Michale Gabadou, Managing Director Australia & NZ
- Tell us about Interface
Interface ® , Inc is a global flooring manufacturer founded almost 50 years ago. We specialise in carpet tiles and luxury vinyl tile (LVT) and nora rubber flooring. We are a company that is design lead, purpose driven and committed to become the world’s first environmentally sustainable and ultimately restorative company.
Our core area of differentiation is our sustainability strategy, created by our founder Ray Anderson. He introduced our ‘Mission Zero®’ plan in 1994, which aimed to eliminate any negative impact Interface has on the environment by 2020. To achieve this we embodied a company culture which emphasized this philosophy from employees to suppliers.
Now as we’re approaching 2020, Interface has reduced landfill by 91%, GHG emission by 96% and 88% of manufacturing sites’ are run by renewable energy.
2. What has enabled Interface to maintain this vision since inception, whereas companies are only now acting on it?
It comes down to leadership, Ray had a clear vision early on of what he needed to do, in regards to the environment and that vision allowed him to change the direction of the company. This isn’t to say he wasn’t met with scepticism, many within the company were concerned about the financial implications. But this was an area he was passionate about and wanted to lead the change.
To sustain this vision we foster a culture within the company around a sustainable and innovative way of thinking. It is important to hire people who are like-minded and share common beliefs. We also focus on using metrics to track Interface’s progress on ‘Mission Zero’, we measure our impact on the atmosphere and ecosystems from the entire product lifecycle.
3. Key challenges Interface has encountered?
The key challenge is to continue reducing our environmental carbon footprint. At times choosing sustainable business practices can be complex and expensive, but the overall outcome outweighs this.
For us, being profitable isn’t only financial, but also about being sustainable and regenerative. Throughout our journey we have shown other companies that being sustainable isn’t incompatible with profitability.
Initially, the biggest challenge was when we embarked on ‘Mission Zero’, we were a lone voice back in 1994, limited companies were focusing on sustainable business practices. During this time our brand differentiation was obvious, and customers were able to find our value add over competitors. We’ve led the way, there’s more awareness and more companies are advancing in reducing their environmental footprints. However, we realise the reduction of our carbon footprint is not enough. We need to become restorative with a more ambitious goal our new mission of ‘Climate Take Back’.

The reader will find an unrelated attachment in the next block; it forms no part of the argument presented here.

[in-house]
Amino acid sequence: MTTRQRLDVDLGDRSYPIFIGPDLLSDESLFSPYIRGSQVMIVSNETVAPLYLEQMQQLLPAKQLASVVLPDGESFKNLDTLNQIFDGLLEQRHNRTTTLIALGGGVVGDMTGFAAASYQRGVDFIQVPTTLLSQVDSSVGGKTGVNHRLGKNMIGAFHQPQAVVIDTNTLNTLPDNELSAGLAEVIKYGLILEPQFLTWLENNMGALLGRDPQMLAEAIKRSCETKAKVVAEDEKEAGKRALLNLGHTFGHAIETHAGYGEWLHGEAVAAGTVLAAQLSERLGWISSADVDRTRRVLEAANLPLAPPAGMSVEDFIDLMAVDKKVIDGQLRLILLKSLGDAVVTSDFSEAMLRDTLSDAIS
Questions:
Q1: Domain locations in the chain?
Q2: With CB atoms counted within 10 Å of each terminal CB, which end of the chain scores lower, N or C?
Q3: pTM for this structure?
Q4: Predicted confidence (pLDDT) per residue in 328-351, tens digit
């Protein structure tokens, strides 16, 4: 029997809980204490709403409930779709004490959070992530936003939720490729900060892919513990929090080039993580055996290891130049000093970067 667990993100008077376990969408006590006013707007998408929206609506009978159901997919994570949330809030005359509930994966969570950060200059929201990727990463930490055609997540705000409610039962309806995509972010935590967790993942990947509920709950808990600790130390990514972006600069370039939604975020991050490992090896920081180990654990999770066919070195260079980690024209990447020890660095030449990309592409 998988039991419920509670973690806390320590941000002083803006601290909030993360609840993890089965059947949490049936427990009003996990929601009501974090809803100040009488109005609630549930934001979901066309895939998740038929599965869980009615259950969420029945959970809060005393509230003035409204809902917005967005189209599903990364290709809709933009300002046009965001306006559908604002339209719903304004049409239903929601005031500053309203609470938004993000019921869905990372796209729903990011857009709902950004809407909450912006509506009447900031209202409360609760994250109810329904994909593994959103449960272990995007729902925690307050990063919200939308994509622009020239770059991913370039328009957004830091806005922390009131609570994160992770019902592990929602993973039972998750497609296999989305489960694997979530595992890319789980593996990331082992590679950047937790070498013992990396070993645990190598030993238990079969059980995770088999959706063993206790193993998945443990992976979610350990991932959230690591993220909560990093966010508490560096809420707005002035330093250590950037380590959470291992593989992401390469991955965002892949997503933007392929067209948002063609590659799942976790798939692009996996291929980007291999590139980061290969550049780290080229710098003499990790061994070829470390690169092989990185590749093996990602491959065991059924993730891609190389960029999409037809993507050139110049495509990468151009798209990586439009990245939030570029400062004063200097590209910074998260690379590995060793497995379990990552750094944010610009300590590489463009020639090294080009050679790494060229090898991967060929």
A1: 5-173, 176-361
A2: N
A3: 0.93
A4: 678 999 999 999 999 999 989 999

‘Climate Take Back’ is an evolution from ‘Mission Zero’, this time focusing on diminishing carbon in the atmosphere, embracing carbon as a valuable resource and reversing global warming.
4. What does Australia need to do in encouraging carbon emission reductions?
Climate change is obvious, it’s a risk that businesses need to take into account. Boards and directors now have requirements when making business decisions and the impact it will have on the environment.
Business Communities will need to take action and form a governance to discuss issues and changes to be done. We need leaders and key industries to take a front seat and drive this need for change.
5. Tips for start-ups in incorporating sustainability into the core of their brand
To accept its a continual journey, it isn’t a 1-3 year plan, it’s a long journey. It will require business changes, innovation, redesign and supply chain modifications. Most of all, there needs to be a realisation by the whole organisation that it needs to be done and isn’t going to happen overnight.
The first few sustainable changes to an organisation are easy to do and helps with financial performance, as reducing waste saves money. You don’t need to fear the compromise of financial return for sustainable changes.
Finally, is it crucial to engaging with the employees, stakeholders, customers and suppliers who will assist you on your journey.
6. What attracted you to The Future Business Council?
In the last 25 years we have learned we can’t reverse climate change on our own, but we have learnt the impact of influence. The power of influence we have on other companies to embark on a more sustainable journey is far greater than what we can do ourselves.
That’s what we want to do through The Future Business Council and as part of ‘Climate Take Back’, to connect and influence other companies on what we have learned about on our sustainable journey and encourage them to do the same.
7. What is your call to action to other businesses?
The UN Paris Agreement in 2016 highlighted a list of climate goals participating nations sought to achieve by 2050, that is 30 years away. Our ‘Mission Zero’ took 25 years to achieve, 30 years is enough time to achieve drastic changes if businesses collectively take action.
Join us- get on the ‘Climate Take Back’, join the journey.
We are always looking to engage with other bodies, companies, industries and share our experience, enthusiasm and optimism to inspire more organisations to join us.
We are always happy to talk and share our experiences to help companies find their way.